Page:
Bauhaus-Universität Weimar

Researches in practice and habit. 
in Fig. 11. A represents the beginning of the tone; B, the point where 
it was interrupted ; and C, the point where the interval of time from B 
to C was equal to that from A to B. The dots represent the first ten 
estimates of 1002 by the subjects A.F., R.E. and H.J. on the first day ; 
the group at the top of the figure being the estimates for A.F., the sec¬ 
ond those for R.E. and that at the bottom those for H.J. This may be 
said to represent in a general way the ability of different individuals to 
judge intervals of time without practice. 
A number of preliminary experiments demonstrated the fact already 
established by a number of investigators that the time-judgment varied 
considerably for the same interval with different individuals and with the 
same individual for different intervals. Attempts have been made to es¬ 
tablish a definite interval as that which can be estimated with the smallest 
amount of error, but the point has varied with each investigator. 
The three intervals, 82s, roo2 and 1642, were selected because they 
covered the field of most accurate estimates according to the results ob¬ 
tained by previous investigators. 
Those who served as subjects for the experiments were W.J. (Jump), 
R.E. (Evans), E.F. (Furguson) and B.B. (Brown), students in the 
Theological Seminary ; A.F. (Fisher) and C.S. (Smith), steward and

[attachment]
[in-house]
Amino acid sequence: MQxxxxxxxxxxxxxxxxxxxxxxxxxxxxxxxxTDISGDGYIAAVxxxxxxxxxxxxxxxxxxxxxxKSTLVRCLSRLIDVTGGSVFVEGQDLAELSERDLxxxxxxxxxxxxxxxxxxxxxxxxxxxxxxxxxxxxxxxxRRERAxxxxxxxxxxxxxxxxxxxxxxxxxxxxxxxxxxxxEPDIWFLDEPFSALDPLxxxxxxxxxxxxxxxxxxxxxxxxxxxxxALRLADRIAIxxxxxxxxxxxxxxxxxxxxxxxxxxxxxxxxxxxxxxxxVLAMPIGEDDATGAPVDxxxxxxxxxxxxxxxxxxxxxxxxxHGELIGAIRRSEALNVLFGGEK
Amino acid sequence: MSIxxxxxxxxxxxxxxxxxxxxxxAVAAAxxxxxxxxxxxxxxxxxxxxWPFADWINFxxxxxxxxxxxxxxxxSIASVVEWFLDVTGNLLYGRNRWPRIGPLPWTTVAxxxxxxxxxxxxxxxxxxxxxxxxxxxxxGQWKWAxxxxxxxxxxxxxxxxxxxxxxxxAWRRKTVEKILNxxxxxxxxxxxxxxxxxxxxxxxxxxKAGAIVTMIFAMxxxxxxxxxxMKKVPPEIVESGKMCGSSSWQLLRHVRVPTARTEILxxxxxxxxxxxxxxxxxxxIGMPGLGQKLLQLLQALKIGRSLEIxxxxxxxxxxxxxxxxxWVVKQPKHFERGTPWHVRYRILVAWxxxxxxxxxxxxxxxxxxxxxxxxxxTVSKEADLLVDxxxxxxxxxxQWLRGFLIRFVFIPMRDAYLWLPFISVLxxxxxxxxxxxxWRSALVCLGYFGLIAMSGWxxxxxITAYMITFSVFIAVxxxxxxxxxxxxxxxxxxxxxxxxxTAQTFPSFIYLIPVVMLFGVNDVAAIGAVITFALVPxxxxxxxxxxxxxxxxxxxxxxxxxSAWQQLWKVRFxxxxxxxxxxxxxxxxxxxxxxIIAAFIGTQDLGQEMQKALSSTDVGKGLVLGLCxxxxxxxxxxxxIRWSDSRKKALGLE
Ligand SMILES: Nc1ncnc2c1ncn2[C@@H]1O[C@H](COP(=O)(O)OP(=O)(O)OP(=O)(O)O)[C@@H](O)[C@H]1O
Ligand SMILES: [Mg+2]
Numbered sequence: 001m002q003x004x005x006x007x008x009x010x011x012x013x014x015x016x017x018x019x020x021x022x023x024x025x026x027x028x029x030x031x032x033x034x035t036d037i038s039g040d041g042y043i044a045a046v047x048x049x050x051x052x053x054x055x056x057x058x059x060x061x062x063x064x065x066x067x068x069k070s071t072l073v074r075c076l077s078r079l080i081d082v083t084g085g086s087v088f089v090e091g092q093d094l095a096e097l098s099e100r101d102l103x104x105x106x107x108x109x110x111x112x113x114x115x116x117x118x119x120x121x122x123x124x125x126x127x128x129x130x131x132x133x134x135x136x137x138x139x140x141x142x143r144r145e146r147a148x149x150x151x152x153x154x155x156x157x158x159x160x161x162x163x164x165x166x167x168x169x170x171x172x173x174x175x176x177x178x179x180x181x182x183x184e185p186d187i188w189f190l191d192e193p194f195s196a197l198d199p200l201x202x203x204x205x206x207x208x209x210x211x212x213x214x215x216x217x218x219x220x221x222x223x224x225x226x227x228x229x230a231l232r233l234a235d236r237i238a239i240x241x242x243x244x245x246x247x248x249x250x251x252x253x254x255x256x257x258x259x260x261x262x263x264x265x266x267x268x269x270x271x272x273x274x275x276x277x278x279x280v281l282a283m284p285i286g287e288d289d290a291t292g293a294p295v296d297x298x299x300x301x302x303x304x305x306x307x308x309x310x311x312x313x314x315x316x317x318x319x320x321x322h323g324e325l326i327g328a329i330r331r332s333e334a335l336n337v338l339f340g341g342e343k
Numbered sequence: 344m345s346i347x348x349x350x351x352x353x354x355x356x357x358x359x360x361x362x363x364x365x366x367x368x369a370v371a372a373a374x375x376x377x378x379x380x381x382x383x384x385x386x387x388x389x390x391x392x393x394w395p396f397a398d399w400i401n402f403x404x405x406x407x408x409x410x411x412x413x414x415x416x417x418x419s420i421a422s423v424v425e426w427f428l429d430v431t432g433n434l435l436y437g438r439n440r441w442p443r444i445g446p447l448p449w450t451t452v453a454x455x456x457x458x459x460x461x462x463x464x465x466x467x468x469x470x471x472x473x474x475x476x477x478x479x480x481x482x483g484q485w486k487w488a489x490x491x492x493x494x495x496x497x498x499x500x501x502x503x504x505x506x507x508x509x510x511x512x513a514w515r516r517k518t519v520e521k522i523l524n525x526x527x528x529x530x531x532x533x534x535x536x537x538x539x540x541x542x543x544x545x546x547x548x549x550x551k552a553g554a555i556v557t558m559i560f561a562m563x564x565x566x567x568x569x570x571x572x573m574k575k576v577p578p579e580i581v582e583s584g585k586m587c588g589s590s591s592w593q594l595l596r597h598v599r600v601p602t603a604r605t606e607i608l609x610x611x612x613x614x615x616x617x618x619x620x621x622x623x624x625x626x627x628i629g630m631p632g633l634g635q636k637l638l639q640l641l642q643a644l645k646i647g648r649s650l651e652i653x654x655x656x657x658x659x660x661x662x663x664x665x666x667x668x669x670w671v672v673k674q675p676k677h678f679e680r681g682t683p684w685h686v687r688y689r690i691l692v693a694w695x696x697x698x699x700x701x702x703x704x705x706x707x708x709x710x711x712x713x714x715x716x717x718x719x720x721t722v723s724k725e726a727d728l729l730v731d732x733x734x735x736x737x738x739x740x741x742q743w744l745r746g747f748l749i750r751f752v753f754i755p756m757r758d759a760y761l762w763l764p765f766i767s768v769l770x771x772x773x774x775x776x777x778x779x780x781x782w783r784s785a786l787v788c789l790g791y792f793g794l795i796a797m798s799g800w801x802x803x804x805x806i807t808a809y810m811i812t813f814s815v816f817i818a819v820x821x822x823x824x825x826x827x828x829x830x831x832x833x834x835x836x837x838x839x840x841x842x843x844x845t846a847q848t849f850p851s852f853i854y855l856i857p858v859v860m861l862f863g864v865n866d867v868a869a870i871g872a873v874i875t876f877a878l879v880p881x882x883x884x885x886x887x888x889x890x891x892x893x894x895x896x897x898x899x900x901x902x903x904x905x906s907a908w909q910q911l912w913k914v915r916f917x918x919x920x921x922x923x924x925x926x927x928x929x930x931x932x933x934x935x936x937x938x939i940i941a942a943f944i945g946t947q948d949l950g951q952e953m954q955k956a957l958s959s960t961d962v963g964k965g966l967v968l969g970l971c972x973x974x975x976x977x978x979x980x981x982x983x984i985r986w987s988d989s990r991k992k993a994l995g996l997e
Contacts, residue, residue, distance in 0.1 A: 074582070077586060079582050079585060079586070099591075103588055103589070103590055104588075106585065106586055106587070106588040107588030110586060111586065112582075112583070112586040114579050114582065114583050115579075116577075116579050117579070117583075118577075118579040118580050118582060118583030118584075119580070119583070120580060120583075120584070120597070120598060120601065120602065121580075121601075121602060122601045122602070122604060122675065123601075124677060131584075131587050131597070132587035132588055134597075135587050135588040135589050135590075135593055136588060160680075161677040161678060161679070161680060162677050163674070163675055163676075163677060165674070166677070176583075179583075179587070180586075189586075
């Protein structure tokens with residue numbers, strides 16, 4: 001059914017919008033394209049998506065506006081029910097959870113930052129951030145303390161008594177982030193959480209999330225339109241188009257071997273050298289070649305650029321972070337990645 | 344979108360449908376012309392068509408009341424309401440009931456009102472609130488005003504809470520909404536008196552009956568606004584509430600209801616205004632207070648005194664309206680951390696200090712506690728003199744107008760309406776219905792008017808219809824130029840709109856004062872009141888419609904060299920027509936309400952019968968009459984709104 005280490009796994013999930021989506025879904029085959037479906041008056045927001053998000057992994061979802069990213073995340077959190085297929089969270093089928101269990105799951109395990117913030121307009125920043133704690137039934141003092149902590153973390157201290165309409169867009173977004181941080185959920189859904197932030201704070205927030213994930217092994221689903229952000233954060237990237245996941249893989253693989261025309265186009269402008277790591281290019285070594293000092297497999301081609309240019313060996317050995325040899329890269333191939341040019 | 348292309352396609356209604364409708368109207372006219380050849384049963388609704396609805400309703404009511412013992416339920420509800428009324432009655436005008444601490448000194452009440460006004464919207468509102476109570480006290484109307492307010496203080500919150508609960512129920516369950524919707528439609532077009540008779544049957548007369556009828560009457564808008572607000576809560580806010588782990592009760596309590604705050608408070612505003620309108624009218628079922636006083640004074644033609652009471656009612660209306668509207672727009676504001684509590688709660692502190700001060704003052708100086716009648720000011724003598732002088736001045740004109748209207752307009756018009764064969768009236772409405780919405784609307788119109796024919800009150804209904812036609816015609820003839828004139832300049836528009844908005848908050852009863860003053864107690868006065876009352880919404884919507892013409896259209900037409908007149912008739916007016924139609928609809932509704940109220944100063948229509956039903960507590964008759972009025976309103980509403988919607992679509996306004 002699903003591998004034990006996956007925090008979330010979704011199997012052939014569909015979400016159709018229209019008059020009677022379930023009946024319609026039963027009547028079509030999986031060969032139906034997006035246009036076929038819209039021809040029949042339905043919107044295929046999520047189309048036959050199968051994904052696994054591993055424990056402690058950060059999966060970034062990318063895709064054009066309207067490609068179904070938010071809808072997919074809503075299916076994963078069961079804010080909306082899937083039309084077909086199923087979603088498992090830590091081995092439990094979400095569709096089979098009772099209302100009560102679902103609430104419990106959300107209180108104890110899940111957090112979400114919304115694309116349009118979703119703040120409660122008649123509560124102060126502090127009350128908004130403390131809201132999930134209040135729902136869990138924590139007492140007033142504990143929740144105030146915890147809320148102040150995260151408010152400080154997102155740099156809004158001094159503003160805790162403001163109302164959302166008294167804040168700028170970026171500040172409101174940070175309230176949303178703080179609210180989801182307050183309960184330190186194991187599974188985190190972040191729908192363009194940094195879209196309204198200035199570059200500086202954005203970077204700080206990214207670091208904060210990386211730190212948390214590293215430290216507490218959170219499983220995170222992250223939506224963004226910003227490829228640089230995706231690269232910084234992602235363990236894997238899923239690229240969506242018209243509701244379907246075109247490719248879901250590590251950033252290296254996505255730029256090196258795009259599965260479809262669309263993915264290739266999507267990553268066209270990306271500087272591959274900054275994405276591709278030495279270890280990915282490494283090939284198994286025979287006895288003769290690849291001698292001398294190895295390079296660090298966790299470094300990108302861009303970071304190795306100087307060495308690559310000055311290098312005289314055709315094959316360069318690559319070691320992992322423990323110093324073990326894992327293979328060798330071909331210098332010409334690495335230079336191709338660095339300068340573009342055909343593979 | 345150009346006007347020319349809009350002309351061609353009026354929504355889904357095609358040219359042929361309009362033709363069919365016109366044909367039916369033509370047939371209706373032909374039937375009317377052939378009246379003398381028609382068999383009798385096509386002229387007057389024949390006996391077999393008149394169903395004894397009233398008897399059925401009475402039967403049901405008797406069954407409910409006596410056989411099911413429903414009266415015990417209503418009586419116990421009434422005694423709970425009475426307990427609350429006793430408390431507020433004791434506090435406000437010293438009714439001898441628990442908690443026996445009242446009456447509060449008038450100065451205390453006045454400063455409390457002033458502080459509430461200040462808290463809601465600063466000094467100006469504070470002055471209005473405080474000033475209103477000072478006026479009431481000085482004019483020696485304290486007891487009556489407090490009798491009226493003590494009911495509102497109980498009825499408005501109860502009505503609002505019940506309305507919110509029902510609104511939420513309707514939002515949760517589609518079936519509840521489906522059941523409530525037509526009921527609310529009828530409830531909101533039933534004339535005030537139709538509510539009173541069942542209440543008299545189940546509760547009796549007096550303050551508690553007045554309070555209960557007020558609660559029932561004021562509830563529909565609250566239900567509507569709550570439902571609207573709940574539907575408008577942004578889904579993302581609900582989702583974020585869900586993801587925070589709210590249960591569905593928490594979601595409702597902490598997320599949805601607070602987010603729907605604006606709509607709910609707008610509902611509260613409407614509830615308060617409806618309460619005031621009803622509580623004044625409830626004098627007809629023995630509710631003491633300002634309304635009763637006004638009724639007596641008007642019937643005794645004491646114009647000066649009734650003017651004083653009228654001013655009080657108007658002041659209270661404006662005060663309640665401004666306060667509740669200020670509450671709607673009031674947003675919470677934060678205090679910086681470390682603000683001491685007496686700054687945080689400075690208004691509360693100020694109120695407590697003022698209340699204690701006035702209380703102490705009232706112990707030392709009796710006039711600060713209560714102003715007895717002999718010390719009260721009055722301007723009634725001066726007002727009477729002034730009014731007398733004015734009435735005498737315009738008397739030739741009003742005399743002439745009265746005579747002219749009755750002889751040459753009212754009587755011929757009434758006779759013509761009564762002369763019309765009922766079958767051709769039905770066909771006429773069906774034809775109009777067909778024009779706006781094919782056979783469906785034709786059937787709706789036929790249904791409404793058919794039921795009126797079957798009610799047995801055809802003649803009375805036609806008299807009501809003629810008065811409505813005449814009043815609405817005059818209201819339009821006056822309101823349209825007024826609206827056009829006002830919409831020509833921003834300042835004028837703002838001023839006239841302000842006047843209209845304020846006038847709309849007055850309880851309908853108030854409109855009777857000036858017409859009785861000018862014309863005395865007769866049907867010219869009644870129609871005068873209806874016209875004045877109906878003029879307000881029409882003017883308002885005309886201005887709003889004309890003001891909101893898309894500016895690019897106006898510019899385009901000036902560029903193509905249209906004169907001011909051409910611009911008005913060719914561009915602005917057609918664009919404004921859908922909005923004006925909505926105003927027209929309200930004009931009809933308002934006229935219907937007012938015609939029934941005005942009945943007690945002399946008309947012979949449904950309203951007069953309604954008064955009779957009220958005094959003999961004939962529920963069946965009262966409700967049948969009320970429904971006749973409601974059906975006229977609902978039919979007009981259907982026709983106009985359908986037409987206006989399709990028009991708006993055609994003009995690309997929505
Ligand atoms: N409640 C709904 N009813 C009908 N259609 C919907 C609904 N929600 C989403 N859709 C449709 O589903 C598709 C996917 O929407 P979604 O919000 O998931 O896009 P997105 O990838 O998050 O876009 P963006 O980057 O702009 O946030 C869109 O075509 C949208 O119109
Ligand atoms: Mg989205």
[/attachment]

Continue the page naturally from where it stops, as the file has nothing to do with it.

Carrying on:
mechanic of the Psychological Laboratory. 
Daily average estimates. 
The average estimates for successive days are given in Table XL, and 
are graphically represented in Figs. 12, 13 and 14. 
Every precaution was taken to prevent the subjects from counting or 
moving any part of the body by which they might measure off the time 
through muscular energy, the object being to ascertain whether a person 
has an actual time-sense regardless of any form of muscular activity or 
mental calculation. 
An inspection of the results for A. F. shows that there was a. constant 
decrease in the time estimate from day to day. Beginning with 88s on 
the first day, he gradually reduced the estimate during 16 days’ practice 
to 552, which is but little more than one-half of the fime to be estimated. 
The same facts were brought out in the case of R. E., whose average esti¬ 
mate of 1002 was on the first day 1592, and 1022 on the eighth day. This 
shows a decrease of about one-half in the average estimate. H. J. in¬ 
creased his average for the first day, 99s, until the third day when he 
reached his maximum point, 1162, after which the estimate decreased until 
next to the last day. The very large estimate, 1372, on the last day, no 
doubt, was due to nervousness. The record for this day should not be


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